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Make The Bucket in Eagle Rock your first choice for great burgers and fries
By Erica Wayne 03/13/2013
Remember the “Saturday Night Live” “Cheeseburger-Pepsi” routine with John Belushi as the grumpy proprietor? No matter what customers wanted, he’d bark back “Cheeseburger-Pepsi” to apprise them of the limited menu.
When I first made the acquaintance of The Bucket in Eagle Rock back in the late 1970s, it was pretty much like that, except that beer was also available. If you asked nicely, there was also deep-fried shrimp wrapped in bacon, even an occasional steak.
A stucco hut with a curving 10-stool counter in a space that's probably smaller than your kitchen and a lot less elegant, The Bucket’s been in business on Eagle Rock Boulevard since 1935 and currently has a Zagat rating of 22. When I first started going there, the restless clientele lined up waiting for seats to vacate was a diverse mix of garage mechanics, retirees and Occidental College folks, all at the mercy of then chef-owner Julio Maeso, whom I had nicknamed “The Mad Basque.”
When Julio was in charge, he provided a nonstop luncheon theater show. The entertainment was sometimes slapstick (I once saw him use a rubber baseball bat to go after a customer who had spilled a pitcher of beer) and sometimes verged on X-rated (Asked whether he was Sicilian, he responded by detailing the parts of his anatomy that would qualify for citizenship in various countries). But it was all done with good humor and at the insistence of an appreciative audience that goaded him into higher and higher gear.
The slogan “we do it your way” likely never occurred to Julio. It’s certainly the only restaurant in which my request for a double cheeseburger was turned down flat with the response “It’s too big for you.” Asking for a diet soda, I was told that it flattens the bust and that I would do better to have a beer. Not wanting to defend my anatomy in front of a happily expectant group, I meekly reiterated my preference. Luckily, Julio was feeling magnanimous and I received my soda. A friend who ordered beer was asked if she was married and, if so, whether her husband knew she was drinking spirits at midday in the company of strange men.
Julio’s been gone for almost two decades, but he’s still a legend. A question as to his whereabouts elicited a debate among the staff as to whether he was still alive; the chef said he thought Julio had died, but the waitress, (a post-Julio addition, along with a phone, credit card payments, extended hours and an expanded patio space that allows for more comfortable seating and waiting) had heard he was alive and living with his sister.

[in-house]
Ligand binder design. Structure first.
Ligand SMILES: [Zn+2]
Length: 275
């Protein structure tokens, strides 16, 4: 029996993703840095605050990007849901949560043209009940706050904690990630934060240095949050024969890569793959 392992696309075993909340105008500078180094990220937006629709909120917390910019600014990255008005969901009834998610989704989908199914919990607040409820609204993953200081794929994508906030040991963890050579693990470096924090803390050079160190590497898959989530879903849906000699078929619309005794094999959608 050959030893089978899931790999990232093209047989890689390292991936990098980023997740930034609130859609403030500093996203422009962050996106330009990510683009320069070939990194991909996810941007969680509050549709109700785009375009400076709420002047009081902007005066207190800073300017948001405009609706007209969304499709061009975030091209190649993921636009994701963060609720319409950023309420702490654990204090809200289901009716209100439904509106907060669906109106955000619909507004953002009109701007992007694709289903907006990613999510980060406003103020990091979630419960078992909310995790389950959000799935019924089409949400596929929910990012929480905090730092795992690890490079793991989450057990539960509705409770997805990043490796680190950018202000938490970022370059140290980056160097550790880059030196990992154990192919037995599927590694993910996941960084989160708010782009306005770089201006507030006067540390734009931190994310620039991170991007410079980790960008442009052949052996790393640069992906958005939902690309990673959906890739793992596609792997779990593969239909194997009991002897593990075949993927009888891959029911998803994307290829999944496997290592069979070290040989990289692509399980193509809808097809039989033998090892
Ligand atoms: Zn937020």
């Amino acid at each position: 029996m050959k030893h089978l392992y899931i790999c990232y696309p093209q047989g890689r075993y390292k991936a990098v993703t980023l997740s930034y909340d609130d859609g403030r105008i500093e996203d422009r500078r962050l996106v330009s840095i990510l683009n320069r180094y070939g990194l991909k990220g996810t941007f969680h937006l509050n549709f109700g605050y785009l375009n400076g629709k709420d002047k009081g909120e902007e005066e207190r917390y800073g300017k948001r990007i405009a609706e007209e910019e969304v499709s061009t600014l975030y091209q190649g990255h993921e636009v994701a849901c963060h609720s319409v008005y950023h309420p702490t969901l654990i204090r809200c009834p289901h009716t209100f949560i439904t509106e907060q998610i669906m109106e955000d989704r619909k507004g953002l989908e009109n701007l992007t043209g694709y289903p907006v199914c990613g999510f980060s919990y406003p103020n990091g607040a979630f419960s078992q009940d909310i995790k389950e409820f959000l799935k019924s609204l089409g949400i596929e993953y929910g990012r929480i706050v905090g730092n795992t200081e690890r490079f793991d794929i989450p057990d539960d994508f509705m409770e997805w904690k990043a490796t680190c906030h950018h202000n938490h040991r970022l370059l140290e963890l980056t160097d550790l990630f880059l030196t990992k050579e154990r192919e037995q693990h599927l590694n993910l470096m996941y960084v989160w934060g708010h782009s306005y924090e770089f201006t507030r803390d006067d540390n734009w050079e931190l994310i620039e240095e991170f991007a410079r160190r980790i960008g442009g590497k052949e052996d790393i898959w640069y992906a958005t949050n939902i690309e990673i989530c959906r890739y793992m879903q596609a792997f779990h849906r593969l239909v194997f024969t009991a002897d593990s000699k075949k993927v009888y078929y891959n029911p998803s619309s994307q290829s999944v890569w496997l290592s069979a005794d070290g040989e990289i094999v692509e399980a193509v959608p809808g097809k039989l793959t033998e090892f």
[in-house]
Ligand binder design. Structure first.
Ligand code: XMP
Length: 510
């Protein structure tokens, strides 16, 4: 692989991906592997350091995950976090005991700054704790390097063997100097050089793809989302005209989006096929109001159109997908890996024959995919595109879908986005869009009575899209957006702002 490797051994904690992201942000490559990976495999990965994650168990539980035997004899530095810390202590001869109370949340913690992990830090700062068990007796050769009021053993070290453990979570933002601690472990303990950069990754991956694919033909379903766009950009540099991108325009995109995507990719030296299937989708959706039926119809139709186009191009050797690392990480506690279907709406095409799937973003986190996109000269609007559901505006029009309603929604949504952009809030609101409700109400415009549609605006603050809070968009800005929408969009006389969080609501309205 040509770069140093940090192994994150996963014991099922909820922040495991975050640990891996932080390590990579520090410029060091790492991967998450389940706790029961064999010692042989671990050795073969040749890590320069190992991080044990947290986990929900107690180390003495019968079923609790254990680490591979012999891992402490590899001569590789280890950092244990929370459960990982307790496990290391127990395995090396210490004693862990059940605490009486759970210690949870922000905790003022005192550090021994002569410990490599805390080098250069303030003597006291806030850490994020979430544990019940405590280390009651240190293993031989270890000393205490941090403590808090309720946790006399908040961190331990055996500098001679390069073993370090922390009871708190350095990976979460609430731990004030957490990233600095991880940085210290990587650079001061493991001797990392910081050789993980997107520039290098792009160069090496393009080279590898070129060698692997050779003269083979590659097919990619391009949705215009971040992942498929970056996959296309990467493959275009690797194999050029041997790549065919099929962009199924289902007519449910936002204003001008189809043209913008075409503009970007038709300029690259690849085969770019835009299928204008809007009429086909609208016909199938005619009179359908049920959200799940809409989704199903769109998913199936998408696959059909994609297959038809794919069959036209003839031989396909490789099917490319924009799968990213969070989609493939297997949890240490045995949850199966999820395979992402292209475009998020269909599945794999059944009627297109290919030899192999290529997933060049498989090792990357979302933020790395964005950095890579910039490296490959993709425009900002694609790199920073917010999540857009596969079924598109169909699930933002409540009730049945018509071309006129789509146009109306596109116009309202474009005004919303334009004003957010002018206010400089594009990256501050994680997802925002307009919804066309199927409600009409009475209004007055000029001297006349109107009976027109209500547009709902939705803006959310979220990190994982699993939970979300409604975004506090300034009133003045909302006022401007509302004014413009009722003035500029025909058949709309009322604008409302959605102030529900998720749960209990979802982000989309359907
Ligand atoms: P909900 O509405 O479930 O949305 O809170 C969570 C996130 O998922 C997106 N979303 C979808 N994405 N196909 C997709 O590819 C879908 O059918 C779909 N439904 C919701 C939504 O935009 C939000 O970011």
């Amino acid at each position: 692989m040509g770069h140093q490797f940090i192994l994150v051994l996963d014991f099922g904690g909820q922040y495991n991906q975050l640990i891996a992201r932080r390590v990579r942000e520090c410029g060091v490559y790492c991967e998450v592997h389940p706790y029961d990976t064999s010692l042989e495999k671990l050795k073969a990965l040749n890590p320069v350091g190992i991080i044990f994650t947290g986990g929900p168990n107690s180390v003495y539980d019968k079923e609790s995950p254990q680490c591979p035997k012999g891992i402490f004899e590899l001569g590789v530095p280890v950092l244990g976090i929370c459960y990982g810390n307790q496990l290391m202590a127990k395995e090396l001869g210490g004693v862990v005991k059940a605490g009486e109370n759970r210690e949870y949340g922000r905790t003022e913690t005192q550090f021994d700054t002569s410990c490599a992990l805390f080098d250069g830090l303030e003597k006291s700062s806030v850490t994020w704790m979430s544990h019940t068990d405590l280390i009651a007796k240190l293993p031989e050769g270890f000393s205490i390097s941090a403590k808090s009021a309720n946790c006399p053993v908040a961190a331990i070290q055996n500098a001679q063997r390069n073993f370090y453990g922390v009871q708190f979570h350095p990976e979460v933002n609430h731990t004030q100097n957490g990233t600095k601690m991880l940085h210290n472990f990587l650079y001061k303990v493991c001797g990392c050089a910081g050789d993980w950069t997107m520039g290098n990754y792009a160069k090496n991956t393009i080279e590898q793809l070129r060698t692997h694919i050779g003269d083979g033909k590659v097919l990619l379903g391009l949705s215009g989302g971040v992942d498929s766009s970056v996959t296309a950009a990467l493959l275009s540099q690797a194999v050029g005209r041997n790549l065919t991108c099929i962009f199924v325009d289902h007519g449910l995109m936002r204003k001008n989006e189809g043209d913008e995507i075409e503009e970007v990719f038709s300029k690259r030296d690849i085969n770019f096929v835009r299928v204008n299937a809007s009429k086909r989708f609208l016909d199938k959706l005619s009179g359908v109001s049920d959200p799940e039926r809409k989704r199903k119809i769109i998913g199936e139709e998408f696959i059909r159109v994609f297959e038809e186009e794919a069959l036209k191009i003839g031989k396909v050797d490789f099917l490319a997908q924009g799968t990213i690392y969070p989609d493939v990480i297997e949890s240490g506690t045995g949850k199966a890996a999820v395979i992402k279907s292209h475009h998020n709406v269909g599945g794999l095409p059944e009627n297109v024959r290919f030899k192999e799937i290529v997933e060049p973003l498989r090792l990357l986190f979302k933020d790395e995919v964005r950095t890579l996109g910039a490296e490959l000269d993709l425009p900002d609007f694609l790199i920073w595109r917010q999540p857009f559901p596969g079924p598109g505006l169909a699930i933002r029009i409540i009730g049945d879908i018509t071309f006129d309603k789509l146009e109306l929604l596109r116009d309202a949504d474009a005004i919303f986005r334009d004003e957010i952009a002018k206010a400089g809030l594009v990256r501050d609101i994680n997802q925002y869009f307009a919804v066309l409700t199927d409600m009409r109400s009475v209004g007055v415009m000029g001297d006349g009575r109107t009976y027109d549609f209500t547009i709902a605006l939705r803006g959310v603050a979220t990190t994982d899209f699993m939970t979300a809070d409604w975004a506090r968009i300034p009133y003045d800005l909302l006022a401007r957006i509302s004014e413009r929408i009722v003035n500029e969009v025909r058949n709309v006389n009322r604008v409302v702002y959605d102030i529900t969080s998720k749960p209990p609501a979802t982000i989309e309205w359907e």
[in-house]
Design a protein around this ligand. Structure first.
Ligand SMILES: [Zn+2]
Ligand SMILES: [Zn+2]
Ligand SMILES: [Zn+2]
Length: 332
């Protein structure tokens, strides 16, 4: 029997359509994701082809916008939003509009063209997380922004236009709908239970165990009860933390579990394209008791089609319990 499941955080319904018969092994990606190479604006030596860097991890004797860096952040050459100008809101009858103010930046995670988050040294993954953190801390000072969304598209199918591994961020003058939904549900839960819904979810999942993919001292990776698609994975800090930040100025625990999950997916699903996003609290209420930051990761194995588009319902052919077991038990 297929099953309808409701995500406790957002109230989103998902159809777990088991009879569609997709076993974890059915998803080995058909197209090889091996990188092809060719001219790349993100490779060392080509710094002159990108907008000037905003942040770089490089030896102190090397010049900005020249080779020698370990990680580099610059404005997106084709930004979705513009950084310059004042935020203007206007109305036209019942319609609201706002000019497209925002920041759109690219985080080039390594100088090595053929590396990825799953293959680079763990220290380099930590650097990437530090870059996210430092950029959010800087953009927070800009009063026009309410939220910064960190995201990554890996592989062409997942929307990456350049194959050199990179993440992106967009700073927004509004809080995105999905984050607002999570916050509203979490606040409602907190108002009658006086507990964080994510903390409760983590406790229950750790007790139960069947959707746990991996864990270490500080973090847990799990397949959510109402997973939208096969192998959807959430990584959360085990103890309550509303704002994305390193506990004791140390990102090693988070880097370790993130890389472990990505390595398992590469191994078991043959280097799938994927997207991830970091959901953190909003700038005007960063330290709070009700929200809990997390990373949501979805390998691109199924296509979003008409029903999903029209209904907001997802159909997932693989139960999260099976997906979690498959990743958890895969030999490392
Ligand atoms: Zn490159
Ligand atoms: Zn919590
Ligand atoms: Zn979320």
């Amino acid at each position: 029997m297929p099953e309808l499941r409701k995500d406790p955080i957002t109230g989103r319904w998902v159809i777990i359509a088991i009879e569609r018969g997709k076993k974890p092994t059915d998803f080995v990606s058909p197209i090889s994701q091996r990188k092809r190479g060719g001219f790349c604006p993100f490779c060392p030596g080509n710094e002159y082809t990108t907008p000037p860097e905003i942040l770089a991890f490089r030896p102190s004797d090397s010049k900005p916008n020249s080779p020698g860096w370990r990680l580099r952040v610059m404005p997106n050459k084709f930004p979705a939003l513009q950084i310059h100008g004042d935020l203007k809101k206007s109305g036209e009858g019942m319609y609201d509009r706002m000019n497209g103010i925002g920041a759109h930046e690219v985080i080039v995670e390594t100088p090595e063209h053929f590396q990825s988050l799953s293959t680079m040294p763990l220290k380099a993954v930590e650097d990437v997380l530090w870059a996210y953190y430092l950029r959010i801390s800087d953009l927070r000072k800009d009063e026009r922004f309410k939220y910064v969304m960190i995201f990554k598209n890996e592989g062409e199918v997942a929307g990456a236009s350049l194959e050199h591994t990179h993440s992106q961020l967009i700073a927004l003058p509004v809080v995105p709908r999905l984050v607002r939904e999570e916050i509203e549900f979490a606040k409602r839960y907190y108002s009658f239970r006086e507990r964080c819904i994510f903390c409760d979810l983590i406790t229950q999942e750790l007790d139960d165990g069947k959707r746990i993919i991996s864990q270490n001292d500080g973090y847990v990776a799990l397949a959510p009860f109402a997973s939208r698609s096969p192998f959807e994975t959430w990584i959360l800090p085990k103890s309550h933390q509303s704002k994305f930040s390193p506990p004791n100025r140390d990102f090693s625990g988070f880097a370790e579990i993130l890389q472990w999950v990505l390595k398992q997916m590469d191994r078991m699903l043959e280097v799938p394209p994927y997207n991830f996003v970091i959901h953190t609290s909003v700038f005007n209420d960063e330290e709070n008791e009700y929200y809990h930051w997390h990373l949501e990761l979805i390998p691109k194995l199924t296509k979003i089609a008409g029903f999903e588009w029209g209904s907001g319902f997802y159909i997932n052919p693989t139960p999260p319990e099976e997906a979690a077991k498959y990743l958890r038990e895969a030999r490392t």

Whatever, eating at The Bucket is not nearly as much fun since his departure, when masochistic diners used to feel like well-fed extras in a Marx Brothers movie. But it’s still a unique experience. And the food, despite the limited menu, is damned good.
Julio was right: A double cheeseburger’s too much food for almost anybody. The single “Julio” ($7.50), a half-pound (that’s right, eight full ounces) hand-shaped patty loaded down with grilled onions, tomato, Romaine lettuce, pickles, mustard, ketchup, a choice of cheese and smothered in Julio’s signature sauce made up of strong doses of vinegar, mustard and garlic stands about five inches on its sesame-studded roll.
Gourmands can over-indulge with the well-named “Cardiac” (a pound of meat with cheese, bacon and grilled ham, onions and mushrooms — $12) as well as a number of other burger permutations, but they won’t find chicken, fish or veggie-burgers on the menu.
The Bucket’s French fries ($3) are probably store-bought, as are the huge, lightly-coated onion rings ($4). But the round fries ($4) appear to be cut from fresh, unpeeled potatoes on-site and are a real joy. Slightly thicker than a good kettle chip, they have more crunch than the traditional cut while retaining much of the flex. One thing’s certain; the heap of whatever side you choose will be huge and delivered piping hot from the fryer, although not as quickly as some might want.
Speaking of the fryer, the best seat in the house is still one of the stools (now only seven) surrounding the diminutive kitchen where you can watch the show. Julio’s work is now being done by a duo (and sometimes a trio) of cooks who grill and douse the beef, bacon, onions and mushrooms with the same garlic powder and Worcestershire used by Julio. The meat’s thick enough to be charred crisp but with a hint of pink when it comes off the griddle — no gray, rubbery patties at The Bucket. Ditto for the fried potatoes, onions, hot wings ($7.50) and “Julio shrimp” ($5), wrapped in bacon (with artificial crab, which I’m pretty sure is also a post-Julio addition).
The last time I saw Julio in the early ’90s, there was a “For Sale” sign on the door. When I asked if he was really planning to sell, he answered in typical Julio fashion, asking “Why? You wanna buy?” Then he proceeded to offer his opinion of the restaurant's future. Gesturing grandly (and almost knocking the burgers out of his clients’ hands in the diminutive space), he said, “They’ll make it beautiful. Put in booths. Tablecloths.”
Well, he was wrong about that. Julio’s shabby-chic (or is it just shabby?) ambiance was just too good to change, as was his cooking policy, now made permanent by the new owners on The Bucket’s menu: “We do not serve fast food; we serve great food as fast as we can.”
4541 Eagle Rock Blvd.,